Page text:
Just a couple days ago I was thinking of “reinventing” my playlists since I’ve been playing the same songs over and over and just thought I needed some change. But considering how broad the music universe is and I really am not the kind of person who has a specific genre of taste (seriously, I just listen to whatever so long as it feels good in my ears and won’t potentially wreck my eardrums), it’s a bit overwhelming choosing what songs to download and even more meticulous to download every song and put them each in a playlist where they belong. Call me lazy, but these days I don’t have the time, energy, and patience to do any of that albeit it means getting new jams to dance to in the shower! 

Coca Cola teaming up with Spotify was like an answered prayer. Imagine my excitement when I get to try it out for myself! Last week, I got a code to register, then I downloaded the program, signed up, and drowned my ears with music. WITHOUT ANY HASSLE!


Spotify is a music streaming service where you can have access to over 30 million songs, including OPM hits and even classical music — all for free! My favorite feature has got to be the “Genres and Moods” category where you get provided with ready-made playlists depending on well, your genre of choice or your current mood — whether you’re a solid punk rock or ballad fan or you’re feeling emotional or ecstatic, or maybe you need a playlist for a party or when you’re working out, there’s a playlist for you.


If you’re more particular, you can totally make your own playlists. Or if you’re totally random like I am, you can browse song collections of friends, artists, and celebrities. Also, there’s Spotify Radio.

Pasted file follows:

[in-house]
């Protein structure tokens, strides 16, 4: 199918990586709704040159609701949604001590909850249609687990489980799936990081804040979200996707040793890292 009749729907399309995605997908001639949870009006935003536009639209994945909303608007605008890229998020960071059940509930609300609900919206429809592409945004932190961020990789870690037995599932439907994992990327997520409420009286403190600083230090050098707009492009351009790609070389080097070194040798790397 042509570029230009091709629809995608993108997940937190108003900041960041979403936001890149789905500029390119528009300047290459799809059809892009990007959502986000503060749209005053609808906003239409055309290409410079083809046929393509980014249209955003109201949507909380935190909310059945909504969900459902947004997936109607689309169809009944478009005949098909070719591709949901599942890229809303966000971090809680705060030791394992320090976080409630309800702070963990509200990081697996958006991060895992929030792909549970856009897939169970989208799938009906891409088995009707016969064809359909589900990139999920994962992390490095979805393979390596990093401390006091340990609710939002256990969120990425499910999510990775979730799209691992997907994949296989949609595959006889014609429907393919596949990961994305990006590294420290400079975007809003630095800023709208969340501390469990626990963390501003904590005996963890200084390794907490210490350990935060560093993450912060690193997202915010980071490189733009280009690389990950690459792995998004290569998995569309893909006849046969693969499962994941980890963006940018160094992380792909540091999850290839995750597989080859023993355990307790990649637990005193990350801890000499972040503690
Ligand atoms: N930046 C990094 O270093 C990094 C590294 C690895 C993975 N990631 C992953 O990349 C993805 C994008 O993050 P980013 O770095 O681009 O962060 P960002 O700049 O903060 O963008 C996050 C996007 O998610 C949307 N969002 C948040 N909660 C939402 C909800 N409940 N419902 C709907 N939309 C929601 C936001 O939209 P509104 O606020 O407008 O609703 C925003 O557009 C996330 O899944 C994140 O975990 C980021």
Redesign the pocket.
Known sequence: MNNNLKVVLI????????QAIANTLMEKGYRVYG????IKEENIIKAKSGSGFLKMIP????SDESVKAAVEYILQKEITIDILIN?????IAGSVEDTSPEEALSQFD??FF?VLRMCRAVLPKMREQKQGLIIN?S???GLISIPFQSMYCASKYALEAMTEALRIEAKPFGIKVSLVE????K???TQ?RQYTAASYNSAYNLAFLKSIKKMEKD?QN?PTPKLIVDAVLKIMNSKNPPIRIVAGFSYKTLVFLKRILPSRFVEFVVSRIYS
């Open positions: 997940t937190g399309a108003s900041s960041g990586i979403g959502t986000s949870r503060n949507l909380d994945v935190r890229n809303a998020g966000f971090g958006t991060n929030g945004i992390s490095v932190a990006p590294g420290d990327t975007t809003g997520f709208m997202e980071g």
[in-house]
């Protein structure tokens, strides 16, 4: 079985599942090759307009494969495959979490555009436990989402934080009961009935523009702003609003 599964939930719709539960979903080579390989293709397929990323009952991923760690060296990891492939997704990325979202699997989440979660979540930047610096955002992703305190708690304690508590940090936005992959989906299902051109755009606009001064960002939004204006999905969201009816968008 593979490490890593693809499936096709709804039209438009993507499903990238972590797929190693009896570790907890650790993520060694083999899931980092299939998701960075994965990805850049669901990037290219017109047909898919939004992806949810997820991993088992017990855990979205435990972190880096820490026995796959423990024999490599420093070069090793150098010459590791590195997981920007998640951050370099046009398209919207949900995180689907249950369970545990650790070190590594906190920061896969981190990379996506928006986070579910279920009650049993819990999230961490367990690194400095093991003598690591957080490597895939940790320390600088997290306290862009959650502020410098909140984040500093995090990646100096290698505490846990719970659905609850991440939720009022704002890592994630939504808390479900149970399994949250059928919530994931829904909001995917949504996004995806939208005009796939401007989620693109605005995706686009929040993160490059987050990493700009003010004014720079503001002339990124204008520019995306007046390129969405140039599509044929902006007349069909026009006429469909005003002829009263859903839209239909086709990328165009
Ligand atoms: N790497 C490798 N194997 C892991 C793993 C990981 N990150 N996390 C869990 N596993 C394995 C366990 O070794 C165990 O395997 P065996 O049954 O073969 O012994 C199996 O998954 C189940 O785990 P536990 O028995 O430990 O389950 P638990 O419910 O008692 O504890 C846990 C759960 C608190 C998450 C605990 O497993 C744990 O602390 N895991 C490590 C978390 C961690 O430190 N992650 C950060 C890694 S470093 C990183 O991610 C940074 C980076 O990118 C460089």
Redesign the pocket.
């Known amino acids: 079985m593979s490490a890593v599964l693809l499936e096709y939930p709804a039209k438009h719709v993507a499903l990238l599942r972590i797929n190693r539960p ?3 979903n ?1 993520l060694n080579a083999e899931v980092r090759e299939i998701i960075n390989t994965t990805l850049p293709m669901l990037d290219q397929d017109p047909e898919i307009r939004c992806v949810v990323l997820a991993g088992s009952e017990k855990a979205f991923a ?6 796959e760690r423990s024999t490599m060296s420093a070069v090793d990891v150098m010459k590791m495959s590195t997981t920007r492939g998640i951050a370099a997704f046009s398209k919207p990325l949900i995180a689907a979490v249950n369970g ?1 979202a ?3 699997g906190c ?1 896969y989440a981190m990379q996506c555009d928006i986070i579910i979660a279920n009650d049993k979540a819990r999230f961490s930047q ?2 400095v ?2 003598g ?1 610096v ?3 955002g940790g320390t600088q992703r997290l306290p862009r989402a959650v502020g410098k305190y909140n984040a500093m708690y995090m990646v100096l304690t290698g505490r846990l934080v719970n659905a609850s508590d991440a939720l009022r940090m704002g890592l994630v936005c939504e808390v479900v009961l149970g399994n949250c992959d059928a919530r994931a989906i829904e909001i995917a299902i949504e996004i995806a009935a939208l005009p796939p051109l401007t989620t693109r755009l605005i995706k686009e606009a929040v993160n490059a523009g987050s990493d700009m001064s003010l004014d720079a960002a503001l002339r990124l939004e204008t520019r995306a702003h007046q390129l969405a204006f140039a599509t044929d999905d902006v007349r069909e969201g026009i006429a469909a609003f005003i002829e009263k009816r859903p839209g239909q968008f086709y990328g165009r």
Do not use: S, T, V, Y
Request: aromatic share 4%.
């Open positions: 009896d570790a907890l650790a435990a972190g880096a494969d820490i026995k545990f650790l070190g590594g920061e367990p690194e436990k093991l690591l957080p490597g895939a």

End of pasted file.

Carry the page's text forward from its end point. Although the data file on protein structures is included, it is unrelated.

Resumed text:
Philippine residents can now download both the desktop program (no need to launch a browser and go to the website), and the app (so you can listen in from your mobile or tablet anywhere you are). Talk about convenience! It’s super easy to use and very social, so you can share music on Facebook, Twitter, and even your blog.

So. If you decide to get an account, check out my profile: ireneslmt and let’s get weird discover and listen to music together! Seriously, this is a bandwagon you need to jump onto.

We love Spotify whoop whoop!

People, I have discovered, are layers and layers of secrets. You believe you know them, that you understand them, but their motives are always hidden from you, buried in their own hearts. You will never know them, but sometimes you decide to trust them.

     — Tris Prior, Insurgent by Veronica Roth

I hate it when books (or TV shows, or anything for that matter) do this to me: too much attachment. The feeling of excitement, happiness, triumph, together with the excitement, happiness, and triumph of the characters I have come to love. It makes me feel vulnerable, exposed, bare. Like the feeling of ecstasy can be stripped away from me at any second — without my consent, without having any choice — just because that’s how it is. C’est la vie, right? And when they do, when they make me feel lonelier than I have dared to allow myself to be — when I feel like my heart will collapse in itself, I realize it’s just fiction of course, it’s not real. So I decide to make my own version — a more beautiful, more acceptable version — in refusal to give them the power to ruin everything for me, just to make the pain ebb away but I realize that whatever I do, whatever I think, whatever I make myself believe, I can never change what it made me already feel. Like a wound that was once open, it has already left a scar — a mark in my heart. The damage has been done.

I guess what I’m saying is that, too much attachment (to anything!) is a dangerous, despicable thing. It could make you feel overflowing emotions, only to leave you feeling hollow and empty in the end. Nothing is permanent in this world and every little thing is constantly changing. Feeling attached is just natural, but always, always learn to let go. Like Adele Dazeem’s song… Let it go, let it gooooooo~ right?

Moral cowardice that keeps us from speaking our minds is as dangerous to this country as irresponsible talk. The right way is not always the popular and easy way. Standing for right when it is unpopular is a true test of moral character.

     — Margaret Chase Smith